I have been fired for an urgent reason. What now?
If you are fired for urgent reasons, your (former) employer blames you for a serious fault that makes any further professional cooperation between you immediately and permanently impossible. This shortcoming does not necessarily have to occur in the professional sphere. A shortcoming in the private sphere can also lead to dismissal for urgent reasons.
Your employer must follow a strict dismissal procedure when dismissing you for serious cause. First, it must be certain that you have been seriously at fault. Your (former) employer may take the necessary time to gather enough evidence to do so. Once that is the case, it has a three-day period to dismiss you.
As soon as the employer fires you for an urgent reason, he has three days to inform you of the urgent reason in a letter of dismissal. You must receive this dismissal letter by registered mail or by bailiff. Your (former) employer can also hand you this letter and ask you to sign a double copy for receipt. If you don't, you will still receive the letter of dismissal by registered mail or by a bailiff.
In the dismissal letter, the employer must accurately describe the facts that indicate a serious deficiency. This allows you, and the judge in the event you challenge the dismissal, to assess whether there is indeed a serious deficiency.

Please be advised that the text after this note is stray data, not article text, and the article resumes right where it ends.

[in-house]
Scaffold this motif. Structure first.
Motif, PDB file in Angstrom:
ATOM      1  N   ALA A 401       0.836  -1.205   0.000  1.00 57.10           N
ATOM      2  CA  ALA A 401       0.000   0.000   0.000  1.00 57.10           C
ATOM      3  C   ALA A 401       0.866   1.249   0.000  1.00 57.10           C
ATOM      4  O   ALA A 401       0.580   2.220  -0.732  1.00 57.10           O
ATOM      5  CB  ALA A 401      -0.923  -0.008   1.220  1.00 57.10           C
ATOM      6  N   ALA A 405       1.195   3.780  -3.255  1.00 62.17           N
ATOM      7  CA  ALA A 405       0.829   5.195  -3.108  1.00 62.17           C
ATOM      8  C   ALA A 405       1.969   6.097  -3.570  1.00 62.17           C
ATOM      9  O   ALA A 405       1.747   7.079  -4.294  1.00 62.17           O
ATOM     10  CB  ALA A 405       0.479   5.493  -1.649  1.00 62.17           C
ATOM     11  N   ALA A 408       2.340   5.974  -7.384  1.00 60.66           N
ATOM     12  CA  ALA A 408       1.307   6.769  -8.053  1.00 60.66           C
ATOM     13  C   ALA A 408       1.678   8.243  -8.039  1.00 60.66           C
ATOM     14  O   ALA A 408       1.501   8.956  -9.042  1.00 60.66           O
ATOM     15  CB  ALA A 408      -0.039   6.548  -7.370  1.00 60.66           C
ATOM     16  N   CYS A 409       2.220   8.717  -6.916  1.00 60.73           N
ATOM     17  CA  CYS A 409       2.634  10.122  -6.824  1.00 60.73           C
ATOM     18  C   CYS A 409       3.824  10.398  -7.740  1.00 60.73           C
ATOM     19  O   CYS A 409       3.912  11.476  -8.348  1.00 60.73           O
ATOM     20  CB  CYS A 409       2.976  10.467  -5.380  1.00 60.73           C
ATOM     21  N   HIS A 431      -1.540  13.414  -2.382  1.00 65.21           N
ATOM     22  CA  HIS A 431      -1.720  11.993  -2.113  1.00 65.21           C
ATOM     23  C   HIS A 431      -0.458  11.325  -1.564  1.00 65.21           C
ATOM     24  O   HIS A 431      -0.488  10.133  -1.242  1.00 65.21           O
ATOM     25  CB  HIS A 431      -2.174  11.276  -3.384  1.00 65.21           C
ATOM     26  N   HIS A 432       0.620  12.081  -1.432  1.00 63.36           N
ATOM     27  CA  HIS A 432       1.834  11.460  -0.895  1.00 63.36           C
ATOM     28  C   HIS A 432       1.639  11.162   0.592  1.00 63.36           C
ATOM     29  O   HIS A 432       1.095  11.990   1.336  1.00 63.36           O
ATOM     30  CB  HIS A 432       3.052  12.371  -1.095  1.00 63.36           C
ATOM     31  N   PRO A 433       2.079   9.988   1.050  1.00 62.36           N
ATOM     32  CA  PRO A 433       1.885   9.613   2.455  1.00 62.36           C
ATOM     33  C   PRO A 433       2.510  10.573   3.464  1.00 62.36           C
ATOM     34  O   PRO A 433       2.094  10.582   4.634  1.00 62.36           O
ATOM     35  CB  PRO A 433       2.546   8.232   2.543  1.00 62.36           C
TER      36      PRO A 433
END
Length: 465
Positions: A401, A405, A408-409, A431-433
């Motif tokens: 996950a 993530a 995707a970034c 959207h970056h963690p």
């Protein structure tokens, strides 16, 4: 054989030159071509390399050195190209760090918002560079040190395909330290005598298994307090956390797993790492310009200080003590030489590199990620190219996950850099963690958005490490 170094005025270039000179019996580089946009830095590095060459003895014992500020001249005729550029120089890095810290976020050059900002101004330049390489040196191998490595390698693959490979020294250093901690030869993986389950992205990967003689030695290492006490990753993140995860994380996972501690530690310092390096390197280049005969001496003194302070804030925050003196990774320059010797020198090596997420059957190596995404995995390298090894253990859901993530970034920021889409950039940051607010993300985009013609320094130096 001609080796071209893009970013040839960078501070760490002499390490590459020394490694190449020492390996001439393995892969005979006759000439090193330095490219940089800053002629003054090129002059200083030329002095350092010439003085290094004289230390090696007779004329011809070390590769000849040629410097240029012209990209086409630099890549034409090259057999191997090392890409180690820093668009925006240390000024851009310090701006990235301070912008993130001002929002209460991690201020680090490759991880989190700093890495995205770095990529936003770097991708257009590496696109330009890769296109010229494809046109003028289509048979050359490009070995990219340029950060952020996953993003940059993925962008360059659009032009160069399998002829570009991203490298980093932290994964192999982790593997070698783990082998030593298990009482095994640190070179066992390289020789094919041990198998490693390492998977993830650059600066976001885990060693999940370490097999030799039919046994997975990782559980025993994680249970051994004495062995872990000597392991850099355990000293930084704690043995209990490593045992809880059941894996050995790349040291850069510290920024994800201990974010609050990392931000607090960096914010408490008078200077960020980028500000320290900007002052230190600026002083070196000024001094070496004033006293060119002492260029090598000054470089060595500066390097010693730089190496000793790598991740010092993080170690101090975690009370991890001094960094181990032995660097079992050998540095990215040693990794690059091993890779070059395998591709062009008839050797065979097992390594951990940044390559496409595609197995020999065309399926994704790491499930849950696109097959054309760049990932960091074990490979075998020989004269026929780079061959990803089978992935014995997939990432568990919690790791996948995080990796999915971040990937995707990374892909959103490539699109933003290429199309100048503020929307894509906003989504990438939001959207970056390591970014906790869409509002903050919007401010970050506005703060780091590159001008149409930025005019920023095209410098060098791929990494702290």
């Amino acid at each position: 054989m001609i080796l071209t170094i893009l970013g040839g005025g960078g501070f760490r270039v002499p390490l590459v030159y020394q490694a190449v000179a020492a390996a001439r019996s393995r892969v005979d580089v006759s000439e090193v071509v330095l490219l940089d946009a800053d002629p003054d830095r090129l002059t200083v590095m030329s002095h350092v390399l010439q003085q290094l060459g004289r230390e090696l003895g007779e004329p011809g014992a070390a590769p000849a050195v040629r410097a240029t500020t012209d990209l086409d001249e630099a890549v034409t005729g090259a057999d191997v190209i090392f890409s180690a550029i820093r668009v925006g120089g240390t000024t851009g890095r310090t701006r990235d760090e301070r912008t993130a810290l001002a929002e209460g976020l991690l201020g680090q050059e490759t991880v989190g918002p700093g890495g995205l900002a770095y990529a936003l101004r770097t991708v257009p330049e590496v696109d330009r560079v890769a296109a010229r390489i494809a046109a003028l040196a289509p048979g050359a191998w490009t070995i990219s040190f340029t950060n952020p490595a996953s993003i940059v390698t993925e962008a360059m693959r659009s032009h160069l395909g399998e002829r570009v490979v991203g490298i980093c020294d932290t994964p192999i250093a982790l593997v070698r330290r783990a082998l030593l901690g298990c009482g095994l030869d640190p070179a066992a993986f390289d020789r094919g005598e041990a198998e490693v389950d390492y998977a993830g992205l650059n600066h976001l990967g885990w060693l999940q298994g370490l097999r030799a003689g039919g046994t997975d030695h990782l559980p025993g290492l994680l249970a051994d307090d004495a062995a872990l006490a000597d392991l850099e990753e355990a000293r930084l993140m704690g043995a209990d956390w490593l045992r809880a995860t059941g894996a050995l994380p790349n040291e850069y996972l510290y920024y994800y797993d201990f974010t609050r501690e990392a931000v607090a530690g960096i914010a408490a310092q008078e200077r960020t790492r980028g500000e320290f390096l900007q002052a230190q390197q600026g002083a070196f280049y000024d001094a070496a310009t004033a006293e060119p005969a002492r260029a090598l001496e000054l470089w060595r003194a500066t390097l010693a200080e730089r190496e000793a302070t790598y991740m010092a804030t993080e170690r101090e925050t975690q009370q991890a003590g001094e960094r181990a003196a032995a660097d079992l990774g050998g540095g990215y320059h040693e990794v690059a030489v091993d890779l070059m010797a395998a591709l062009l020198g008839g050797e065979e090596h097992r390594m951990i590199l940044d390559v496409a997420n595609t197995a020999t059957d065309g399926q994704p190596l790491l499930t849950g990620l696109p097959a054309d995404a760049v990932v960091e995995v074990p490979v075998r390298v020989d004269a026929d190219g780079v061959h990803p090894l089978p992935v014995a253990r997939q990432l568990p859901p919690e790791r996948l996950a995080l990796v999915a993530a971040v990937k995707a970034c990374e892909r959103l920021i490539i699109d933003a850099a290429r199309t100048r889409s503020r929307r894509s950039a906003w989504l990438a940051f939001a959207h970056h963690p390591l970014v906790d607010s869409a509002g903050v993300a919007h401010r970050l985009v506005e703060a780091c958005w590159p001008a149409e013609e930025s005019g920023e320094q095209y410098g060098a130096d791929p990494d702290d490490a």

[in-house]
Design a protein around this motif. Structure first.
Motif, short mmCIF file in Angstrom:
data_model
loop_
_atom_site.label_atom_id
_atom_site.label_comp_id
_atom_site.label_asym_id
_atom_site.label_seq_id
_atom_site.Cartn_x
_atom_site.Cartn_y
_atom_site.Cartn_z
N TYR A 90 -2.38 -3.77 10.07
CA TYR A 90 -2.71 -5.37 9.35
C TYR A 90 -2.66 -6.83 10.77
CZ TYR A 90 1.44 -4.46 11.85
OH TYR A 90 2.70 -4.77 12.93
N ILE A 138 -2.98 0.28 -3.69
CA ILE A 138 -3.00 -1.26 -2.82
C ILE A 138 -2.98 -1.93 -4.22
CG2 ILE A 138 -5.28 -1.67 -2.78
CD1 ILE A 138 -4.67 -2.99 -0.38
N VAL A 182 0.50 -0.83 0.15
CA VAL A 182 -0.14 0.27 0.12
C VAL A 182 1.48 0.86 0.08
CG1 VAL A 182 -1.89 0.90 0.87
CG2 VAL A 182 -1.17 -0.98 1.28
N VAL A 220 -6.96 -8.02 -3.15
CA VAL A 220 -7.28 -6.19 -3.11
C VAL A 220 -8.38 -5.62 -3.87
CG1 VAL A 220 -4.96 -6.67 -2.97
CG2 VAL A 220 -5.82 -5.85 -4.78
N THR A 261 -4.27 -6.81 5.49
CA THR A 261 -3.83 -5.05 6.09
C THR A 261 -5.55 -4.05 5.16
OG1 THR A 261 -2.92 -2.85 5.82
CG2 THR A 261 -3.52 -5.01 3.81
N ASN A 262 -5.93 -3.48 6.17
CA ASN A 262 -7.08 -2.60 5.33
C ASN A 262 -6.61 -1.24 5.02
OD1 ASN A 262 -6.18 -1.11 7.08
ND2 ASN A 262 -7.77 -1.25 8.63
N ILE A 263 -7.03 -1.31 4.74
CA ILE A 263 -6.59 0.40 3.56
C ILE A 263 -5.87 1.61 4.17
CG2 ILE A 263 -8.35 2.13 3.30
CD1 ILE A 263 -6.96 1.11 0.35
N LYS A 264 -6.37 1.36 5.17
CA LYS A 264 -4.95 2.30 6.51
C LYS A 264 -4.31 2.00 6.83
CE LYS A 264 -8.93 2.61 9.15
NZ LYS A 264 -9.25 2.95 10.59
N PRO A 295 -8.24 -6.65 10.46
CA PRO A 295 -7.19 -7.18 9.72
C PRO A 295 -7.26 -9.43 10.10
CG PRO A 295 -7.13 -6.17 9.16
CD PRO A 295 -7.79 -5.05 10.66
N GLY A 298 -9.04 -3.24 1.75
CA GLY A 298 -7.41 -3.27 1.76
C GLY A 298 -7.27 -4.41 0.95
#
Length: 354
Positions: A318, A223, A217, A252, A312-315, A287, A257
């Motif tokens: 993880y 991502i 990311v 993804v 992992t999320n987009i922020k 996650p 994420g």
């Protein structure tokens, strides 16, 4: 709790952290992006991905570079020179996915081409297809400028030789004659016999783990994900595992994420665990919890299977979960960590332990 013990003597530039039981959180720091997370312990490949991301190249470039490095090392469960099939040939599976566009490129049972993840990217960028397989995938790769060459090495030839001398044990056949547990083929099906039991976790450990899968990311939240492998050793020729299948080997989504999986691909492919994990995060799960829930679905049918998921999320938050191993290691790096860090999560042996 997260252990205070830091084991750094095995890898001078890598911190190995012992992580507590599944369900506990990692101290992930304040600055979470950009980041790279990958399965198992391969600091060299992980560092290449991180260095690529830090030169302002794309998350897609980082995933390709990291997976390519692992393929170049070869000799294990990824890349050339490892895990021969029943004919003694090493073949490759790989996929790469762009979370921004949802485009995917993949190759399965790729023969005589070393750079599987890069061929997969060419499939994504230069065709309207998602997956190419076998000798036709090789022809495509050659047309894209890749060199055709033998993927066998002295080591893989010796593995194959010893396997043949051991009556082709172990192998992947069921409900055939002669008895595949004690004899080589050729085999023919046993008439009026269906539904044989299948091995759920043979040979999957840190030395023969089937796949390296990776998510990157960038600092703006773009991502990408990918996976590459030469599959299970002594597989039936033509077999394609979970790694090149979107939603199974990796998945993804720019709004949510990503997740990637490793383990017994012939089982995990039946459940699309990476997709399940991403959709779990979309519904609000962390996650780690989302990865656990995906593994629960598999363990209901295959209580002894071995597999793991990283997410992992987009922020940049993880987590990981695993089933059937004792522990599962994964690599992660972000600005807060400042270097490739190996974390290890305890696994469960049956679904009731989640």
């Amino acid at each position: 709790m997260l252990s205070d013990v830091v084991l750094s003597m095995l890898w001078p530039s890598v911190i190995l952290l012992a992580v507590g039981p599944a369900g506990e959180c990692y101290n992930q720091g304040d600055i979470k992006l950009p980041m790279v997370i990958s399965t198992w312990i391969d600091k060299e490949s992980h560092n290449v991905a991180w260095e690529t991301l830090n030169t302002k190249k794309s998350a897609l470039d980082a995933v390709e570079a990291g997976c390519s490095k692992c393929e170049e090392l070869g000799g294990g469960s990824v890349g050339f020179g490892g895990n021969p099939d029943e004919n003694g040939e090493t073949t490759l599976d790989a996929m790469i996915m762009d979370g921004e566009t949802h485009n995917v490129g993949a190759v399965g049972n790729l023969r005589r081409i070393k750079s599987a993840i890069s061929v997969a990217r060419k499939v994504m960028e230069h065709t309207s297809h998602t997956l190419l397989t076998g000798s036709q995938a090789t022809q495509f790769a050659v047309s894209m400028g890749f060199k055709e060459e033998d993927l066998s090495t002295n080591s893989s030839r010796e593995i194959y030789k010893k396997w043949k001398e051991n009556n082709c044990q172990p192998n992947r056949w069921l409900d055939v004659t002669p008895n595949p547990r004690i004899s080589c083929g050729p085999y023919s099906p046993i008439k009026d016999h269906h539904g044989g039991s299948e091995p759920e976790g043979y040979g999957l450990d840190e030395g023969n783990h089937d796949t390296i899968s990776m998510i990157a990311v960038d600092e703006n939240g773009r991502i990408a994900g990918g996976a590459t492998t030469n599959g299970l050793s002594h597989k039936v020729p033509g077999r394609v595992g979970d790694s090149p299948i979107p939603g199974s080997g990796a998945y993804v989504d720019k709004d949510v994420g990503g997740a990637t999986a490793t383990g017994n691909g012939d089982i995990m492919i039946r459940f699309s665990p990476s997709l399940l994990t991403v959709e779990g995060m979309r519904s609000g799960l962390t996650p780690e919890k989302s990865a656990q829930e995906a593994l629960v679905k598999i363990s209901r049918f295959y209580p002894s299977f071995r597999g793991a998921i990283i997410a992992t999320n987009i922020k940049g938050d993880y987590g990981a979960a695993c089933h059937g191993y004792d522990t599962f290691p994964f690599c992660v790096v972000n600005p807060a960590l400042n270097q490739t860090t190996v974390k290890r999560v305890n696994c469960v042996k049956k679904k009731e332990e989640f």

If you are dismissed for serious cause, you are not entitled to unemployment benefits. The RVA only awards unemployment benefits to those who are without work and pay due to circumstances independent of their own will. This is different if you were to contest your dismissal. In that case, the RVA may grant you provisional unemployment benefits.
Why is it best to consult a lawyer?
If you feel that your employer did not follow the dismissal procedure or that you were unfairly dismissed for urgent reasons, you can challenge your dismissal before the labour court. It is then best to hire a lawyer to check for you whether you have a chance of succeeding, and if so, to then assist you in this from A to Z.
If the court rules that the employer did not respect the dismissal procedure, then the dismissal is plainly unlawful and you are entitled to severance pay.
If the employer did respect the dismissal procedure, the judge will consider whether you have indeed committed a serious breach of contract that immediately and definitively renders any further professional cooperation between you and your employer impossible. This is entirely up to the judge's discretion in the light of the specific circumstances. Thus, he can take into account mitigating and aggravating circumstances. If the judge considers that you have not been seriously short-changed, you are also entitled to severance pay.
If you challenge your dismissal, the NEO can also give you a provisional unemployment benefit grant. You will then receive a monthly benefit, allowing you to look for a new job with peace of mind. Beware, there are also risks involved. If the court rules that your dismissal for urgent reasons was unjustified and consequently grants you severance pay, you will be obliged to repay all those provisional benefits.